There is no shortage of terrific coaches in the NFL, brilliant tacticians who can push the right buttons to outsmart opponents. And while Del Rio can match wits, especially on defense, with any of his peers, it’s the warchest of intangibles he brought to Oakland that has made all the difference in the world to the Raiders. Good coaches tinker with the X’s and O’s to gain an edge. The transformational ones make young athletes rethink what’s possible.
Last season in Oakland happened because Del Rio is succeeding at the most difficult task for any leader, in or out of sports. From the inside out, he has methodically changed the culture of an organization that had long grown stale and accustomed to losing. Pre-Del Rio, mediocrity permeated through the hallways of the organization. The Raiders, once a symbol of intimidation and excellence, had regressed into an unfortunate punchline. Post-Del Rio, though, Oakland is suddenly one of the NFL’s most upwardly mobile franchises.
Del Rio is a player’s coach, and not in the pejorative tense that suggests a lack of discipline and accountability. Quite the contrary. No, he’s a player’s coach in that he intimately understands the rigors and the challenges of being a professional athlete. He relates, because he was once them, both as an All-American linebacker at USC and as a decade-long pro with five different NFL teams. Del Rio has walked many miles in his players’ cleats, commanding the respect and credibility of those players who appreciate the rare connection they have with their coach.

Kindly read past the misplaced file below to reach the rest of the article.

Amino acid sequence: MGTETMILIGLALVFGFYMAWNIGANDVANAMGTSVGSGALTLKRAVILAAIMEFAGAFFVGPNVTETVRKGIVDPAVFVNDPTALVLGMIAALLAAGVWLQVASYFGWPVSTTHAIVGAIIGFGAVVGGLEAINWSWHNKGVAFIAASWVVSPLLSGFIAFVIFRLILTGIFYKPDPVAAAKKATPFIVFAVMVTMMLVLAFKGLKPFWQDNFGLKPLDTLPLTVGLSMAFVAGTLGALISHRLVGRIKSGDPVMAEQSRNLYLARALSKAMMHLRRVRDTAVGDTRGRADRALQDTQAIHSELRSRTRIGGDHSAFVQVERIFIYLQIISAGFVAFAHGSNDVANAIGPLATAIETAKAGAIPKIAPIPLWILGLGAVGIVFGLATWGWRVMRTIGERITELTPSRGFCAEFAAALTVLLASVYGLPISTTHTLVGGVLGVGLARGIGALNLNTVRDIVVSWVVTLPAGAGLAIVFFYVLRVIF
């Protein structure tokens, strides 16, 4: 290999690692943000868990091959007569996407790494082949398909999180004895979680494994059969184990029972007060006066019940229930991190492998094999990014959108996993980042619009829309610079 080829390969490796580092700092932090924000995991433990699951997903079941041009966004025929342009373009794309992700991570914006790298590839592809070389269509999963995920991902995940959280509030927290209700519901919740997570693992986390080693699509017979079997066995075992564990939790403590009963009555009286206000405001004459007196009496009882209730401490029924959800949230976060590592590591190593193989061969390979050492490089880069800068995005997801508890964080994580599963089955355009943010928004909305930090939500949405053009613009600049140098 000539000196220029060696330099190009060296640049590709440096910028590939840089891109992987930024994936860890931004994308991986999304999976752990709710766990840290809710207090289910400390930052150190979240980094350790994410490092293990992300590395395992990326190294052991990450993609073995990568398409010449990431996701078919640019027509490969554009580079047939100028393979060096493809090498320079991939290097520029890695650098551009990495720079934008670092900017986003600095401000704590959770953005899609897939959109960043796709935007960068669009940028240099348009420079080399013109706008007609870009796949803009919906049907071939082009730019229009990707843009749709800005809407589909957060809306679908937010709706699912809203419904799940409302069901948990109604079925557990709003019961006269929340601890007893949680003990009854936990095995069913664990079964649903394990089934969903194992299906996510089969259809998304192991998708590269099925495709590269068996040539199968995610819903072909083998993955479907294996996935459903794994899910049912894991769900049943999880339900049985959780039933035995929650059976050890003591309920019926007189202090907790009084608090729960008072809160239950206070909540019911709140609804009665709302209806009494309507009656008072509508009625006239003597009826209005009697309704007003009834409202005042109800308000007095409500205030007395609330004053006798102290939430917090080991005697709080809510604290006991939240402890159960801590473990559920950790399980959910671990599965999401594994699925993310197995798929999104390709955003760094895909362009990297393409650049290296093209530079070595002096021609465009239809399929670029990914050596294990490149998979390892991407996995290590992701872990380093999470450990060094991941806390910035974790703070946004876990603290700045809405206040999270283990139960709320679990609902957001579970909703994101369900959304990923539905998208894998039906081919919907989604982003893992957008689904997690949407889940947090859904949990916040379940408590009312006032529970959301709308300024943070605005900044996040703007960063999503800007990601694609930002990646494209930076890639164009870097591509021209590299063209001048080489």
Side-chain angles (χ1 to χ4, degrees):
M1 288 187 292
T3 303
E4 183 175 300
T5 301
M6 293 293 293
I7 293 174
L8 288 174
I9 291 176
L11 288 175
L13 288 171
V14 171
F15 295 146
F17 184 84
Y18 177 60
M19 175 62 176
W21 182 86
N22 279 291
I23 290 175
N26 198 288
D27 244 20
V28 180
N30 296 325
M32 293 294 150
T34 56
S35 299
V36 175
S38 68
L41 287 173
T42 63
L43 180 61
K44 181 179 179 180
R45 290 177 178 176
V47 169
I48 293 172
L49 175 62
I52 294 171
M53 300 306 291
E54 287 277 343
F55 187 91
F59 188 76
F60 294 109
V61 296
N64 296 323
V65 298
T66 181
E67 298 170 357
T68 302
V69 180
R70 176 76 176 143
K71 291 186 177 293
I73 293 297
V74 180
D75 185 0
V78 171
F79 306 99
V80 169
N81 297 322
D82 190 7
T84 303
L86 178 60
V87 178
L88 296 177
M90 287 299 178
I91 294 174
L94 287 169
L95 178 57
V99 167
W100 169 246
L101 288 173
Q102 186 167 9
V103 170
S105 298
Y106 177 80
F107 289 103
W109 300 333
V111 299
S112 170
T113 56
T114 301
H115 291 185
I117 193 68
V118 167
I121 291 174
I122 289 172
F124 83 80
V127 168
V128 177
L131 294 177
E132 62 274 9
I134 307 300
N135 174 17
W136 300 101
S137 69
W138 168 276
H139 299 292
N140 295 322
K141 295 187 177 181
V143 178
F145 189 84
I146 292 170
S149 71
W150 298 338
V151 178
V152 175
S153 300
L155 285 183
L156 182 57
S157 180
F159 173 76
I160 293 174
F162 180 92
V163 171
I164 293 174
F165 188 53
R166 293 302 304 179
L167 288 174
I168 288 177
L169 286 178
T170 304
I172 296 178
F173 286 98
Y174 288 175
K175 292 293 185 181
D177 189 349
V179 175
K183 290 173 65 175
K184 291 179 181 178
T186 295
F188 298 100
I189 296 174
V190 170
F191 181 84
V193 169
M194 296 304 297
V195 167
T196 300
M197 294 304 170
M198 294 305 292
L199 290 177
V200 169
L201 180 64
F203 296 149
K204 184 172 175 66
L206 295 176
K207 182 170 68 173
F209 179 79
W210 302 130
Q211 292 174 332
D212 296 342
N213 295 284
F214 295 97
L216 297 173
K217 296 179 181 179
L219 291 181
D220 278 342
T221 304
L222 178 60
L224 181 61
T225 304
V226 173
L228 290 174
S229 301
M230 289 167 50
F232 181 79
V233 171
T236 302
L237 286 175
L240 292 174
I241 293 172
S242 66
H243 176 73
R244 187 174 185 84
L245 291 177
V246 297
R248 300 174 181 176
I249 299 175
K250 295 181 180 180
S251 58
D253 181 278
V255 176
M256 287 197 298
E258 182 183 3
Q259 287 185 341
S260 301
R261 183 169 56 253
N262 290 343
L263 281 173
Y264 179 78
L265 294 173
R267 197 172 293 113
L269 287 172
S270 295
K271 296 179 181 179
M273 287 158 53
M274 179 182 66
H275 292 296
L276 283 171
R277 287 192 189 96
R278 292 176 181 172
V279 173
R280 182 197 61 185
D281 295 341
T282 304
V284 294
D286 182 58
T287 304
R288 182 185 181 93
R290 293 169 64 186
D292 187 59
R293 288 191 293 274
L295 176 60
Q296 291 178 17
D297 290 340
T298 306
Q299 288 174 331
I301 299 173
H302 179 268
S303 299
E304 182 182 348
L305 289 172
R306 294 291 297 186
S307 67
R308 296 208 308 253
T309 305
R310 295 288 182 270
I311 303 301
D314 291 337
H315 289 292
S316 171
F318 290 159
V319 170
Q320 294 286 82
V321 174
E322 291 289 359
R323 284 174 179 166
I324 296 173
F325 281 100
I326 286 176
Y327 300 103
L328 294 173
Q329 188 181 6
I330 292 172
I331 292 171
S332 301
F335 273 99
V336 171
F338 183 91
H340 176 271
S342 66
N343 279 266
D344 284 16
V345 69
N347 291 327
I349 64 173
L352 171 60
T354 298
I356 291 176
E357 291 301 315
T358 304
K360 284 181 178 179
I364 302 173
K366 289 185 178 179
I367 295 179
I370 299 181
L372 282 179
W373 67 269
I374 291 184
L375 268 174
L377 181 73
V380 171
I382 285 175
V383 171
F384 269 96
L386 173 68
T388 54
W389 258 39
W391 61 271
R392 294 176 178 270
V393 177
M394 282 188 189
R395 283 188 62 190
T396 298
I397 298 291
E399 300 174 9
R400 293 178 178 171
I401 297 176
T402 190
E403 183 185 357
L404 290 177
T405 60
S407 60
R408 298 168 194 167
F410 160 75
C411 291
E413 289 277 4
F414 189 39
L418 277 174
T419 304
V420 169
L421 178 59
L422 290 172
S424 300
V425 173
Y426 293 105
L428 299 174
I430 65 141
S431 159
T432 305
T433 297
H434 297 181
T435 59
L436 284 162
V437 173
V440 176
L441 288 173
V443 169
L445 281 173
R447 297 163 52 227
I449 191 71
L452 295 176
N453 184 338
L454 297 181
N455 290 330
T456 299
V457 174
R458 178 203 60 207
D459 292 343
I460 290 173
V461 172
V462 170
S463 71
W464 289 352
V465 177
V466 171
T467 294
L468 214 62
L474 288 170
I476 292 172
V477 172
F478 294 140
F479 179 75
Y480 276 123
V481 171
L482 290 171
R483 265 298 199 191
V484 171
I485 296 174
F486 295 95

In surprisingly short order, Del Rio has also infused a fresh jolt of energy into an organization that sorely needed it. The Raiders had been mired in a protracted lull, the byproduct of the incessant losing and the revolving door on the sidelines. But Del Rio ushered in a completely new mindset, fueled by his passion for the game and his desire to find an edge where others may not bother to look. Plus, he listens as much as he talks, further tightening the bond between players and coach.
Five years ago, shortly after the passing of venerable owner Al Davis, new owner Mark Davis and GM Reggie McKenzie plotted a detailed gameplan for guiding the Raiders out of their extended funk. And while there were obvious stumbles in the early going, the new leadership team struck gold with the hiring of Del Rio, the adult the organization needed to help turn all of Oakland’s young talent into seasoned winners.
Del Rio grew up rooting for the Oakland Raiders. He’s still rooting for them, though now he has a seminal role in their return to relevance. The marriage is turning out to be the perfect union of a roster flush in emerging talent and a proven coach who’s older and more nuanced from the Jacksonville days, yet no less passionate about the task at hand.
In 2015, the budding Raiders learned how to compete. In 2016, they learned how to win consistently. Del Rio has helped foster a new mindset in Oakland, while connecting with his players on a deep and personal level. The organization appears to be on the move—literally—with Las Vegas the favored destination. Metaphorically speaking, though, the only direction from here is north now that Del Rio has installed a winning culture and ended the Raiders’ 14-year playoff drought.
Winner: Greasy Neale Award – 2016 Oakland Raiders